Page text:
Keeping it positive, Williamses survive

Published : Oct 04, 2003 00:00 IST

SELENA ROBERTSNew York Times News Service

OUT of necessity, out of survival, Venus Williams has leaned on a selective memory that includes the music-box tune from an ice cream truck that used to sputter along the streets of Compton, California.

She could be anywhere — on a local tennis court, on a sunbaked sidewalk — and the pigtailed Venus's eyes would grow the size of lollipops because she knew what was around the corner: Dreamsicles and Eskimo Pies.

"Sure, you know, maybe living in Compton isn't like the most desired place, not in the top 100," Williams once said of a hometown she left at age 11. "But I had a great time. I still miss the ice cream trucks. They had the best ice cream trucks. Spent all my allowance on the ice cream trucks."

Over the years, when questioned about her past, Venus never recounts how the gang members roamed Compton, how addicts left discarded syringes in the park, how the streetlights were all but hitching posts for the liquored-up. Her father, Richard, has depicted this bleaker picture, but Venus doesn't go there publicly. Keep it upbeat; keep it private.

Out of necessity, out of survival, Serena Williams has leaned on a selective memory that includes a moment three years ago at Wimbledon when her forehand grip was applied to the door handle of her father's rental car.

With a roundabout ahead, and British driving rules as a challenge, with a steering wheel in unfamiliar territory, and a narrow village road to navigate, she was a passenger on some sort of Chevy Chase "Vacation" adventure for her dad.

"We were having a little trouble, but now we are able to get to the village without any accidents," Serena said as she retraced the escapade with a smile, adding that her father made it "a little farther each day."

Over the years, when asked about her life outside tennis, Serena has never rummaged through the stormy details of her parents' divorce or exposed any fears of the stalker who once shadowed her every move. Serena has never unearthed any anger toward fans who have booed her unmercifully at times, toward players who have whispered nonsensical conspiracy theories about her sister-to-sister matches or toward critics who have roughed up her father. Keep it light; keep it in.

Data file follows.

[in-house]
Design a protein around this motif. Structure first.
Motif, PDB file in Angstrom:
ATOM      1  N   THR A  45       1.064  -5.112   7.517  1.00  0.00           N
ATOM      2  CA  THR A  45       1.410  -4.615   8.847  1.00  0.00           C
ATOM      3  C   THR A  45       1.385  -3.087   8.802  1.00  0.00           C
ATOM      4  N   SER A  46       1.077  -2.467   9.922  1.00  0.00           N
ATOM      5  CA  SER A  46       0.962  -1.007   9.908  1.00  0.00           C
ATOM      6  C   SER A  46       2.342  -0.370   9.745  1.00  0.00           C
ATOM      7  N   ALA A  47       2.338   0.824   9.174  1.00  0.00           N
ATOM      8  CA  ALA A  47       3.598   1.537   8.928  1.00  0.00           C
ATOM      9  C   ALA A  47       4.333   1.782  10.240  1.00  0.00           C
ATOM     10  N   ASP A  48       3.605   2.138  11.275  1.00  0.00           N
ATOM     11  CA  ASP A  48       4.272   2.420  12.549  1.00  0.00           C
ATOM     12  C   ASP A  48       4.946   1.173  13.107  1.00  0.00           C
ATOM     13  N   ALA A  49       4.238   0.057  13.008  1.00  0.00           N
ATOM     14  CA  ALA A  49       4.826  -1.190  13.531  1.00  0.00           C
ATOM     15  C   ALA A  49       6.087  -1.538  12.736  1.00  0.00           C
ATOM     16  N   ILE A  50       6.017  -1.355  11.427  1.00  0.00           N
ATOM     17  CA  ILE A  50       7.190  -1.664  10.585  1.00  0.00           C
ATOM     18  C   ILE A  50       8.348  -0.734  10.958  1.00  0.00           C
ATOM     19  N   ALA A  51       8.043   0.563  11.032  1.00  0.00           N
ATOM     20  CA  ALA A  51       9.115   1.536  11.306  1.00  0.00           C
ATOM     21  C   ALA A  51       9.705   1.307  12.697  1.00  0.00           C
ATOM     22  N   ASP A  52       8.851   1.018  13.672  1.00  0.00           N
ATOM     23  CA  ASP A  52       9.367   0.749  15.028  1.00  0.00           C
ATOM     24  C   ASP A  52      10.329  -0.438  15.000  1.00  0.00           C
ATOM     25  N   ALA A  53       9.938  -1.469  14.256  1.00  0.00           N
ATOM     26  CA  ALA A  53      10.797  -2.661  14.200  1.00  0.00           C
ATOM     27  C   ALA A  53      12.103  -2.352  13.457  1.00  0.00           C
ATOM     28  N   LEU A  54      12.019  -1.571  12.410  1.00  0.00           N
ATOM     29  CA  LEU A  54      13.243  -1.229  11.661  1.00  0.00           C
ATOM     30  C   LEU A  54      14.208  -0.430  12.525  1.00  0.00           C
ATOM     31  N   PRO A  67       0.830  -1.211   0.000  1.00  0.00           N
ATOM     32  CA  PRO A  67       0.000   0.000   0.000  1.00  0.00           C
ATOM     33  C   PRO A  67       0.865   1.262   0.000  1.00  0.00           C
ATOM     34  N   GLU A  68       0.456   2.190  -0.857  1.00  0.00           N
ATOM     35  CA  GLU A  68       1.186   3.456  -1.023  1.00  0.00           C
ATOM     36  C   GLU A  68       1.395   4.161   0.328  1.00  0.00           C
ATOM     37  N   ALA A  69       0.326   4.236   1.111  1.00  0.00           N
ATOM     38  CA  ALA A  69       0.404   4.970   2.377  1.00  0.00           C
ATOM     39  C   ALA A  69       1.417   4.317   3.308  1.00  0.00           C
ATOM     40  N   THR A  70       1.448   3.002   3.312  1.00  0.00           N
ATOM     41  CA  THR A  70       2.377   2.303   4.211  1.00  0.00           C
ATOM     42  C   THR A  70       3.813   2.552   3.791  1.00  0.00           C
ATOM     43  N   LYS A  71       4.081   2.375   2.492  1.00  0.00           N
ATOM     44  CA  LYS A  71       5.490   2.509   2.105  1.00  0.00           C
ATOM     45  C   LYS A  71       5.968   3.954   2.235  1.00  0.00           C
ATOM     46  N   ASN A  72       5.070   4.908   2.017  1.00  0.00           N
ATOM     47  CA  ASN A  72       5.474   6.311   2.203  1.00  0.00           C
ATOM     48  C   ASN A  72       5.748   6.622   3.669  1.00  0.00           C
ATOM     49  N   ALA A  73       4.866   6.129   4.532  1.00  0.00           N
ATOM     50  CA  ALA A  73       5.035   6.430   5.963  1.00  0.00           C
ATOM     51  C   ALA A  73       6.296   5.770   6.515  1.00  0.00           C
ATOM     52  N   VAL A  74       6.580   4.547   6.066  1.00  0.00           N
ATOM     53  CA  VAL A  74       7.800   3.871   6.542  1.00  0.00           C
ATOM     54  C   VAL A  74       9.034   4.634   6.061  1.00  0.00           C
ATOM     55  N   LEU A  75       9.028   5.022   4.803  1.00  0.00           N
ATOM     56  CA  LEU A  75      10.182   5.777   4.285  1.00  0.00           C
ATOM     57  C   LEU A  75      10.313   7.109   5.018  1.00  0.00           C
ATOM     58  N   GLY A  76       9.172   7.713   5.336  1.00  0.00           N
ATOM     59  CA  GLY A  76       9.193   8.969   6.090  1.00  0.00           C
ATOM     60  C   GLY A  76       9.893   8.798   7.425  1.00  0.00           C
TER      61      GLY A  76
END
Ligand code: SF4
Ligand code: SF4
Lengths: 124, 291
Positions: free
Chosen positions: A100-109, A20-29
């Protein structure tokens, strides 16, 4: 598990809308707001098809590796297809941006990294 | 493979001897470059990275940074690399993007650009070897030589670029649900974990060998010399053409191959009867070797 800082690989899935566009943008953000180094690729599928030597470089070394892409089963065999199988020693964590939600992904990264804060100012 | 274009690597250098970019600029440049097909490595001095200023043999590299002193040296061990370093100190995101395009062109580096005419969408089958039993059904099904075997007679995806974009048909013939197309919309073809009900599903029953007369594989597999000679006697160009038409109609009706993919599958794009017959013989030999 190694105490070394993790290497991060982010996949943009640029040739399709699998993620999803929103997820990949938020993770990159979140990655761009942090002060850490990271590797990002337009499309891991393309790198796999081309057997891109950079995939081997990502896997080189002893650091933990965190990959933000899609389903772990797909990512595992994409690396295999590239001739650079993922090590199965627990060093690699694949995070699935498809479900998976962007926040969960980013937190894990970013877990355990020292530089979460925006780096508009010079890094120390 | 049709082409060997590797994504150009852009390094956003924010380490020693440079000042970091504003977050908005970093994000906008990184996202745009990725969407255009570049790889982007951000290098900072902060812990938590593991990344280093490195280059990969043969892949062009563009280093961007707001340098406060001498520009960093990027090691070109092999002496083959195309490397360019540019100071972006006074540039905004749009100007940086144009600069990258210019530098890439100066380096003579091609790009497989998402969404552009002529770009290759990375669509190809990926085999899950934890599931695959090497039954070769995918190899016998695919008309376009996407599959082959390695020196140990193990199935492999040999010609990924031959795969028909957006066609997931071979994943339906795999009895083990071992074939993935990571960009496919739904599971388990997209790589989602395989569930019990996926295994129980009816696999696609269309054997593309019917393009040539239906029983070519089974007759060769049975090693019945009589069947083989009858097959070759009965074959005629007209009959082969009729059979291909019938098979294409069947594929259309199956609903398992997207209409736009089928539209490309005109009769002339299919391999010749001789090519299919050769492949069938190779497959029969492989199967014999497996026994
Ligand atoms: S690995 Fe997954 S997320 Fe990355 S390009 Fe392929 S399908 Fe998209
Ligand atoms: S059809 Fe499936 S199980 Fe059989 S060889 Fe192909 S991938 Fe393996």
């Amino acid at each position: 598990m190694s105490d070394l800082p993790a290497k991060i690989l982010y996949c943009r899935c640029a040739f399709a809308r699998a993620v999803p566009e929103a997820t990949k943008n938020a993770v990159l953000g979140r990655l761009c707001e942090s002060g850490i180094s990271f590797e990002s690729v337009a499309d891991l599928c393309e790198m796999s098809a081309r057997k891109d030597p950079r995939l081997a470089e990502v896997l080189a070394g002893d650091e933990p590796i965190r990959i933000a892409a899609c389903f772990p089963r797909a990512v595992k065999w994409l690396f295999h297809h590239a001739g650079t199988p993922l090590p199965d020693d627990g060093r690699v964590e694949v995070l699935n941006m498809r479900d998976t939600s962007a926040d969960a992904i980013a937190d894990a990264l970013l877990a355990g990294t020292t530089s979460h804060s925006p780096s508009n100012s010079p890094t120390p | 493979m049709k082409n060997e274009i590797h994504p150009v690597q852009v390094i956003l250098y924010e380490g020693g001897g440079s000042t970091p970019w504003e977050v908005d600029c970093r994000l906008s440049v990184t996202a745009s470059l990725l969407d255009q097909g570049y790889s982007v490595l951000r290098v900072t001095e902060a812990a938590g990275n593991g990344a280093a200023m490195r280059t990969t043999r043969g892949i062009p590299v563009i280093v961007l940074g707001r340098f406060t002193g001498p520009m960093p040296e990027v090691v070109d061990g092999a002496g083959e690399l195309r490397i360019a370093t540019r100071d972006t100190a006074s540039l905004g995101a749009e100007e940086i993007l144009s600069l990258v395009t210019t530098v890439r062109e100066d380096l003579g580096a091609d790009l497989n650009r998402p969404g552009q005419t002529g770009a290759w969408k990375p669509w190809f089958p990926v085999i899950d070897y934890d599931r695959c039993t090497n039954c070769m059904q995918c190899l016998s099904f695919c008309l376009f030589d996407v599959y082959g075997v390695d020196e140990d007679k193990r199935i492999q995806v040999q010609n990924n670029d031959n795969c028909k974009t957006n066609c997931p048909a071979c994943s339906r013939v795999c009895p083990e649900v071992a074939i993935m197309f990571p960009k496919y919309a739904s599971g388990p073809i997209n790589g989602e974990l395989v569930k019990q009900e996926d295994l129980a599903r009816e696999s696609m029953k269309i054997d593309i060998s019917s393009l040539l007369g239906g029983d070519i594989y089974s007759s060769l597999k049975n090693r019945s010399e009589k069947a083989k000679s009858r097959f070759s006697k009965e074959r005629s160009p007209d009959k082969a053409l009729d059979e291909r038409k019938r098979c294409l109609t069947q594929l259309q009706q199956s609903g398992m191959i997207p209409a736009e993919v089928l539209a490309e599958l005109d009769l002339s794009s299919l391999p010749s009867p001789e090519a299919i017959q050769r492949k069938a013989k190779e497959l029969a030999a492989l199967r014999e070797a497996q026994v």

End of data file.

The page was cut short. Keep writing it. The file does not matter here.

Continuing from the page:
This is Venus and Serena, the un-stars of a starry-eyed society. Refusing to indulge in the popular art of celebrity catharsis, always tethered to controversy but never the cause of it, they have chosen to reveal their lives in the kind of happy splices that make up home movies.

"They are constant in every situation," Keven J. Davis, the longtime Williams family lawyer and friend, said in a telephone interview. "What you see is what you get."

They don't peel layers for public sympathy — no matter how often they are prodded. "I haven't had a tough time in my life," Venus told a roomful of reporters at Wimbledon in 2002. "Sorry."

But does such resilience have a breaking point? A fortnight ago, the half sister of Venus and Serena, Yetunde Price, 31, was killed when she was shot as she sat in a sport utility vehicle on a street in Compton.

"They're devastated, absolutely devastated," the Williams sisters' agent, Carlos Fleming, said in a telephone interview on that Friday night. "This has to be the most difficult situation they've ever experienced."

In a tragedy that revealed more about the Williams family dynamic than the sisters ever have — few knowing Serena and Venus were full sisters who grew up with three beloved half sisters, few knowing their mother's first husband had died — there has been speculation about what happens next for the two best players in tennis.

After all, personal traumas trigger individual responses.

When Monica Seles was stabbed in the back by an obsessed fan of Steffi Graf's during a changeover in 1993, she disappeared for two years. Upon her return, Seles's trademark helium-filled giggle was gone, replaced by a more sombre tone.

When Jennifer Capriati spiraled in the mid-90's, trying to cope with the unraveling of her parents' marriage, the pressure on her to succeed as a teenager and the uncomfortable inspection fame brought on, she dropped off the scene for more than a year. Upon her return, it took a while, but she finally gained a secure sense of herself three years ago.

How will the Williams sisters react now? Given that their father has often predicted an early retirement for his daughters — though Venus and Serena have never talked in the short term — some tennis officials privately wonder if they'll walk away from the sport. One European newspaper went so far as to report the speculation as a fact via an unnamed friend of the family.

"That's absolutely not true," Fleming said. "They're definitely coming back."

No doubt, they'll receive a kind embrace when they return, though Venus and Serena would never ask for anyone's sympathy. That's not like them. If they hold true to form, they will return in an uplifted mood, one built on cherished thoughts of Yetunde.

"That's what will carry them through," Davis said. "I think they will try to live the spirit of their sister. She was a voice of encouragement, and that voice will be inside of them forever."

Keep it positive; keep it together. Sometimes, selective memory is the only way.

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